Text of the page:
The words for “Le piano parlant” come from poets Monica Meneghetti (Banff/Vancouver), Sue Sinclair (Toronto), Noemia de Souza (Mozambique), and Carlos Drummond de Andrade (Brazil), but we can also hear voices from worlds as distant as 14th Century France (Guillaume de Machaut) and as far away as a healing ritual in Northern Brazil. An incredibly diverse program of music, poetry, sounds, places, languages, art.

I would like to thank all composers I collaborated with for this project — for your trust, kindness and creative minds, thank you. I would also like to acknowledge the financial support from the Canada Council for the Arts through their New Music Program.

Le piano parlant
Friday, May 5, 2017 at 7:30pm
Rolston Recital Hall — The Banff Centre
Tickets: $15 at
Gingko and Ink Atelier (Harmony Lane — Banff) or at door


Nova Pon Myosotis (2012) for vocal pianist
Emilie LeBel Longing (2011) piano
Antonio Celso Ribeiro 3 Baladas do Amor Amargo (2013) I. Noemia
Maria Eduarda Martins Douce Dame Jolie (2017) **
Brian Griffeath-Loeb Vergence II: No Meio do Caminho (2010–12) **
Paulo Rios Filho Ramos (2016) for piano (+voice) and electronics

Program Notes (+ poems)

Nova Pon
Myosotis (2012) for vocal pianist
Monica Meneghetti’s poem Myosotis captured the sense of wondrous aliveness I have felt while trekking through the Rocky Mountains, and inspired me with how a poem, or even a forget-me-not flower, can recall such a feeling. In response, I sought to create a musical invocation, and convey my sense of the poem through sound integrated with text. Through the course of the work, a short musical motive is developed to evoke both the outer surroundings and inner mental states, and incorporated with extended use of the piano strings, in striving for the unique, heightened intensity of mountain experiences.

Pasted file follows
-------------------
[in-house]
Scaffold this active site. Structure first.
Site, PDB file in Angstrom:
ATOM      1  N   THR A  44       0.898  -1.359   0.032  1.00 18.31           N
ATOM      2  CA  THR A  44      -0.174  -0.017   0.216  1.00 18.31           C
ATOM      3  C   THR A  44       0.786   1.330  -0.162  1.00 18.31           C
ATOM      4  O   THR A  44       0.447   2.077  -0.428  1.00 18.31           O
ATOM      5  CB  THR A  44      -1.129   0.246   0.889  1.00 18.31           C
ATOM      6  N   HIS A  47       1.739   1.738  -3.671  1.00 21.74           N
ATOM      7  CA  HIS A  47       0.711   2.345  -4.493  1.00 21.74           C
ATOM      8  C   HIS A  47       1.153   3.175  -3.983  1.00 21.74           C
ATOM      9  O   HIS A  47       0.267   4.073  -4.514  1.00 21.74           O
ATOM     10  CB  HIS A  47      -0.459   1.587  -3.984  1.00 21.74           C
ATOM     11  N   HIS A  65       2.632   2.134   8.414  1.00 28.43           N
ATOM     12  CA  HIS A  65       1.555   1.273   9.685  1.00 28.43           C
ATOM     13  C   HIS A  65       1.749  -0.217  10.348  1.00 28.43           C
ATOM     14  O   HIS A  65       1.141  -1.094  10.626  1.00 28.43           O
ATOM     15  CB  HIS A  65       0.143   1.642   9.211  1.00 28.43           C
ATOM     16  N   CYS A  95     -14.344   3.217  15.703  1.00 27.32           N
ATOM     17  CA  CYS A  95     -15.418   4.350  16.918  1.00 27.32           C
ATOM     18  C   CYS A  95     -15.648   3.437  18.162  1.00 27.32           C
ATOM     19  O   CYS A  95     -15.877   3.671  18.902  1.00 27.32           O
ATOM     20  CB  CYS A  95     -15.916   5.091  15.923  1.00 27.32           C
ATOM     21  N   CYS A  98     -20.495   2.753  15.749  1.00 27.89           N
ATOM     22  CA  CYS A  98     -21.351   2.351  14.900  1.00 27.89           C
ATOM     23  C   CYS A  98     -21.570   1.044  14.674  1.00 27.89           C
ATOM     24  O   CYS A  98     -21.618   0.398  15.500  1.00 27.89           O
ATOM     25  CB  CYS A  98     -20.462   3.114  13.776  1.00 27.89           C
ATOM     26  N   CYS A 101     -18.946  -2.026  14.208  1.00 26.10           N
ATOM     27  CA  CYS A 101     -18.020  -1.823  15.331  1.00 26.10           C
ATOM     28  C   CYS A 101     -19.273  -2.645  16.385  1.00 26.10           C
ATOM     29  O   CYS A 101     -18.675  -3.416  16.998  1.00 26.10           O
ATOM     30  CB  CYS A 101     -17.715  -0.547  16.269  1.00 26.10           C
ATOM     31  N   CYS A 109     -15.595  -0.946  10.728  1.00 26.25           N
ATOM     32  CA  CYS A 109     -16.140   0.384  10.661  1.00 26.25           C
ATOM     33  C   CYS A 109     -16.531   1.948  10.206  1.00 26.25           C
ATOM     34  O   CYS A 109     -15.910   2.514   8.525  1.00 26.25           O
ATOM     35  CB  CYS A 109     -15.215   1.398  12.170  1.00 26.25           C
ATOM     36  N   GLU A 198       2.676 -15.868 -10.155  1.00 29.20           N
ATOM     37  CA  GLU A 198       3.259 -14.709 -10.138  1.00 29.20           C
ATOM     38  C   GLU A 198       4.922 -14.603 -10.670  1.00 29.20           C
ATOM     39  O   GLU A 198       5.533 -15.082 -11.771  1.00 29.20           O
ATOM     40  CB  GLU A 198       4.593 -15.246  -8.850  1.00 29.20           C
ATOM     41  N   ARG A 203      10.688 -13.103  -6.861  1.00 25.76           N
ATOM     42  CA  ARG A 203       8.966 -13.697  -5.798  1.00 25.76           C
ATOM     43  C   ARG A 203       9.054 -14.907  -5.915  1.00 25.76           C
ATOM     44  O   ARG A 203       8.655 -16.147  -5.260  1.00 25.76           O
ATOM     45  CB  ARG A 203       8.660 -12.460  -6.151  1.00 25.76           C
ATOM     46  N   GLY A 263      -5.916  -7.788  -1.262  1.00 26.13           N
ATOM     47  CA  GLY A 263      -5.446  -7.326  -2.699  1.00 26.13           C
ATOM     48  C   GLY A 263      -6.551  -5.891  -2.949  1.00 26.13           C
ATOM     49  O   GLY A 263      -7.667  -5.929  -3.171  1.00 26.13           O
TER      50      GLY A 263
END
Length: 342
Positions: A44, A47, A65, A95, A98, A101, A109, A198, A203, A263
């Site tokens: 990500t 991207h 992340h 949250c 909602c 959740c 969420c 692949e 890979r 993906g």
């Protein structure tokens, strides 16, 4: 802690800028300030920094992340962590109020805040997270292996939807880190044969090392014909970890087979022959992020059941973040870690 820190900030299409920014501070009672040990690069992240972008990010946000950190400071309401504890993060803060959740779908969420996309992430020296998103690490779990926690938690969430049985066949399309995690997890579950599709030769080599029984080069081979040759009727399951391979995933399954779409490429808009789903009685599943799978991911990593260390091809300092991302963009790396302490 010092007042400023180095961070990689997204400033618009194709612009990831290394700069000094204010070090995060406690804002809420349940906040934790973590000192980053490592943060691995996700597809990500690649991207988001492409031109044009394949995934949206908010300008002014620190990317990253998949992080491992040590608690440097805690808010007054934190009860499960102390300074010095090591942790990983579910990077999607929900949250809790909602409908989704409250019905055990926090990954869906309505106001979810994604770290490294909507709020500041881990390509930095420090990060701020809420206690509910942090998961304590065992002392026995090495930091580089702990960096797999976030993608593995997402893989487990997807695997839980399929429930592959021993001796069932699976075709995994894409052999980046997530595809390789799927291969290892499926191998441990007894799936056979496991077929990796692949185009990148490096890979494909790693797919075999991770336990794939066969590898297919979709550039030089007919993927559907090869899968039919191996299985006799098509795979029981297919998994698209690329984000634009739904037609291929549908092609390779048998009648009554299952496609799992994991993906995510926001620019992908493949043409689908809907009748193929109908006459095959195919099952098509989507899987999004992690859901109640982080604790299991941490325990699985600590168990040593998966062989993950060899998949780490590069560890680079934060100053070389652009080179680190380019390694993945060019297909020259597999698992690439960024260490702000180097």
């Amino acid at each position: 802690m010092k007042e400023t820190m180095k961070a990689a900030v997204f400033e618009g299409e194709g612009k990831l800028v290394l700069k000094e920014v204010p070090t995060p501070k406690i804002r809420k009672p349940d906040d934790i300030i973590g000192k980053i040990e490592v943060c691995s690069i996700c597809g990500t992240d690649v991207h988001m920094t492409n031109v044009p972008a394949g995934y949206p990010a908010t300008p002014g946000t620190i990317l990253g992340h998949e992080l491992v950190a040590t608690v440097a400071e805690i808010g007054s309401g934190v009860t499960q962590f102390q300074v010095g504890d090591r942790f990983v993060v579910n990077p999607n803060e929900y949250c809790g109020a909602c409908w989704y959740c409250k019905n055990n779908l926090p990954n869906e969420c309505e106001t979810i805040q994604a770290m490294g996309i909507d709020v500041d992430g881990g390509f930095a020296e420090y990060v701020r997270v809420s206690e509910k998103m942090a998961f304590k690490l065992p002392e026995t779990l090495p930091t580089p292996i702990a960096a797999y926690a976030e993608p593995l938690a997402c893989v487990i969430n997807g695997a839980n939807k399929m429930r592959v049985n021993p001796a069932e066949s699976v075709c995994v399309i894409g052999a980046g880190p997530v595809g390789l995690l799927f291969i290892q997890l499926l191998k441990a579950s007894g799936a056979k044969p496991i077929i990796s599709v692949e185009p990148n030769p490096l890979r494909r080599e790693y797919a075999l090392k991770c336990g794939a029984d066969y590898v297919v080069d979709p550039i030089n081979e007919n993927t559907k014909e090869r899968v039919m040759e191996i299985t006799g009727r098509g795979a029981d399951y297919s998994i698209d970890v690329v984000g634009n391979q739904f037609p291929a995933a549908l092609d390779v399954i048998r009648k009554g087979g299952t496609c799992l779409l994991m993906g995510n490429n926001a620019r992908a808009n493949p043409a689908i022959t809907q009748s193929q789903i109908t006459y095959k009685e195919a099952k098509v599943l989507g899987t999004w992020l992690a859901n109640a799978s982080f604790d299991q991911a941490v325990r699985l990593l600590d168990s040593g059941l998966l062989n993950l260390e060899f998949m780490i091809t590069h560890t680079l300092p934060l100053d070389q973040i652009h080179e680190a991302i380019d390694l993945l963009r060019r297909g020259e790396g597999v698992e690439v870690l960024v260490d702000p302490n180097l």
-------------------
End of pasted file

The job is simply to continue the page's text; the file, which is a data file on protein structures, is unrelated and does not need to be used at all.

Listen to Myosotis here.

Emilie LeBel
Longing (2011) for piano
Longing is part of a cycle of songs entitled On faith, work, leisure & sleep. It is the final work of the six pieces in the cycle, that are for various combinations of piano, pianist’s voice, text, electronics, and video. The project was written in close collaboration with pianist Luciane Cardassi. The works employ the poetry by Canadian Sue Sinclair as the source material for the content of the work, such as structure, pacing, and thematic content.
A complete recording of the cycle can be found here.

Antonio Celso Ribeiro
3 Baladas do Amor Amargo (2013) for piano and recitation I. Noemia
The piece is a mini-opera for piano and pianist’s voice. It is a tribute to three of the most important female poets of African-Galician-Portuguese origin: Noémia de Souza, from Mozambique, Rosalía de Castro, from Galícia e Florbela Espanca, from Portugal. The poems deal with the unpredictable changes in life, focusing on resentment, melancholia, solitude, abandonment and bitterness, caused by love or its absence. The piece is organized in the form of short “scenes” — like a mini-opera — in 3 continuous movements (I — Noémia; II — Rosalía; III — Florbela). The first movement has 3 scenes, the second movement has only one, and the third movement is again in 3 scenes, in A-B-A form. The scenes explore the virtuosity and dramatic capabilities of the performer. The piano works not as accompaniment but as the “medium” through which the various characters are embodied by the pianist. The piece makes great use of the resonance of the piano, as well as of some extended techniques such as when the performer strikes the strings with her hands. On the emotional level, the work transits between extremes: from the discomfort culminating with a shout, to the sweetness of some short musical gestures on the piano, and ending with an intense feminine lucidity about a failed love affair.